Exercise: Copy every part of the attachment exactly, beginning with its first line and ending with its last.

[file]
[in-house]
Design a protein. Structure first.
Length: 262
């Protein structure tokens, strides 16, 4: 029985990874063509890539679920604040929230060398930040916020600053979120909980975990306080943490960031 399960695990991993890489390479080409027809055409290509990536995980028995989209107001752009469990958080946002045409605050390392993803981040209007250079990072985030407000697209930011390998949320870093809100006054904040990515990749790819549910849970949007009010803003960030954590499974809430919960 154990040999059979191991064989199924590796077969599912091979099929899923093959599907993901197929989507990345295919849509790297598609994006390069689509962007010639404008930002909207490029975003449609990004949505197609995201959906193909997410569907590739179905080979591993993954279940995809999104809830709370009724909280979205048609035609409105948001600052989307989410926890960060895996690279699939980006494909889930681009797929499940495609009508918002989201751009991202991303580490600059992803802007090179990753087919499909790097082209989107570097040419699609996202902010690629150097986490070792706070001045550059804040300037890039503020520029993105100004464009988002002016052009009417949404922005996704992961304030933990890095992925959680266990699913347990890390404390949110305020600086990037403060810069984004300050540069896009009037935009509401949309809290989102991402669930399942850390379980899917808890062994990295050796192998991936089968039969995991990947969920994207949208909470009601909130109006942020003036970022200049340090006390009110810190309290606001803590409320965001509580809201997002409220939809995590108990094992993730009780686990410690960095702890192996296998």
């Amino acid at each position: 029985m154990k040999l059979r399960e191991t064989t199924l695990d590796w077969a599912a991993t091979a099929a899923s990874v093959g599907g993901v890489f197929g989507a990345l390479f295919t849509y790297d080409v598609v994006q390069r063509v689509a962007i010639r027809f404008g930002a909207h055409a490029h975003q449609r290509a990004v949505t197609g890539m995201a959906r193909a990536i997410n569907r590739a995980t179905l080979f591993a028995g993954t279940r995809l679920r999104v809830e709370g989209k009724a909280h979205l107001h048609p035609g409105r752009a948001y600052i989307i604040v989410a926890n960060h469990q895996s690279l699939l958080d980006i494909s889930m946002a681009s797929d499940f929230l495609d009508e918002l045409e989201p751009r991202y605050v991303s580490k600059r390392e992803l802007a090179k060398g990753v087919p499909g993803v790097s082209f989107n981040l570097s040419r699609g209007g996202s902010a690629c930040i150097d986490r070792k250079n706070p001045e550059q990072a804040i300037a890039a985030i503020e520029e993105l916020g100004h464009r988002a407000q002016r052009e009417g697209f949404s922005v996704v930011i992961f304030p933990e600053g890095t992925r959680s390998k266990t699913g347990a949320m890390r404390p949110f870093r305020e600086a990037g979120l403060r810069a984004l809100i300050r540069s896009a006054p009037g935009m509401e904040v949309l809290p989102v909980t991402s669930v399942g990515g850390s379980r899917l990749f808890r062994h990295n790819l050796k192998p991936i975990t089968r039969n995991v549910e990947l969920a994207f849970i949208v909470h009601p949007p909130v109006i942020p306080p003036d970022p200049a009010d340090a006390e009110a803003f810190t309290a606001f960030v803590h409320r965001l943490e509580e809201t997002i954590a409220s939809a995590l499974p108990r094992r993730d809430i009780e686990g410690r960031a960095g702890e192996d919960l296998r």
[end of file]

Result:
[in-house]
Design a protein. Structure first.
Length: 262
């Protein structure tokens, strides 16, 4: 029985990874063509890539679920604040929230060398930040916020600053979120909980975990306080943490960031 399960695990991993890489390479080409027809055409290509990536995980028995989209107001752009469990958080946002045409605050390392993803981040209007250079990072985030407000697209930011390998949320870093809100006054904040990515990749790819549910849970949007009010803003960030954590499974809430919960 154990040999059979191991064989199924590796077969599912091979099929899923093959599907993901197929989507990345295919849509790297598609994006390069689509962007010639404008930002909207490029975003449609990004949505197609995201959906193909997410569907590739179905080979591993993954279940995809999104809830709370009724909280979205048609035609409105948001600052989307989410926890960060895996690279699939980006494909889930681009797929499940495609009508918002989201751009991202991303580490600059992803802007090179990753087919499909790097082209989107570097040419699609996202902010690629150097986490070792706070001045550059804040300037890039503020520029993105100004464009988002002016052009009417949404922005996704992961304030933990890095992925959680266990699913347990890390404390949110305020600086990037403060810069984004300050540069896009009037935009509401949309809290989102991402669930399942850390379980899917808890062994990295050796192998991936089968039969995991990947969920994207949208909470009601909130109006942020003036970022200049340090006390009110810190309290606001803590409320965001509580809201997002409220939809995590108990094992993730009780686990410690960095702890192996296998």
């Amino acid at each position: 029985m154990k040999l059979r399960e191991t064989t199924l695990d590796w077969a599912a991993t091979a099929a899923s990874v093959g599907g993901v890489f197929g989507a990345l390479f295919t849509y790297d080409v598609v994006q390069r063509v689509a962007i010639r027809f404008g930002a909207h055409a490029h975003q449609r290509a990004v949505t197609g890539m995201a959906r193909a990536i997410n569907r590739a995980t179905l080979f591993a028995g993954t279940r995809l679920r999104v809830e709370g989209k009724a909280h979205l107001h048609p035609g409105r752009a948001y600052i989307i604040v989410a926890n960060h469990q895996s690279l699939l958080d980006i494909s889930m946002a681009s797929d499940f929230l495609d009508e918002l045409e989201p751009r991202y605050v991303s580490k600059r390392e992803l802007a090179k060398g990753v087919p499909g993803v790097s082209f989107n981040l570097s040419r699609g209007g996202s902010a690629c930040i150097d986490r070792k250079n706070p001045e550059q990072a804040i300037a890039a985030i503020e520029e993105l916020g100004h464009r988002a407000q002016r052009e009417g697209f949404s922005v996704v930011i992961f304030p933990e600053g890095t992925r959680s390998k266990t699913g347990a949320m890390r404390p949110f870093r305020e600086a990037g979120l403060r810069a984004l809100i300050r540069s896009a006054p009037g935009m509401e904040v949309l809290p989102v909980t991402s669930v399942g990515g850390s379980r899917l990749f808890r062994h990295n790819l050796k192998p991936i975990t089968r039969n995991v549910e990947l969920a994207f849970i949208v909470h009601p949007p909130v109006i942020p306080p003036d970022p200049a009010d340090a006390e009110a803003f810190t309290a606001f960030v803590h409320r965001l943490e509580e809201t997002i954590a409220s939809a995590l499974p108990r094992r993730d809430i009780e686990g410690r960031a960095g702890e192996d919960l296998r």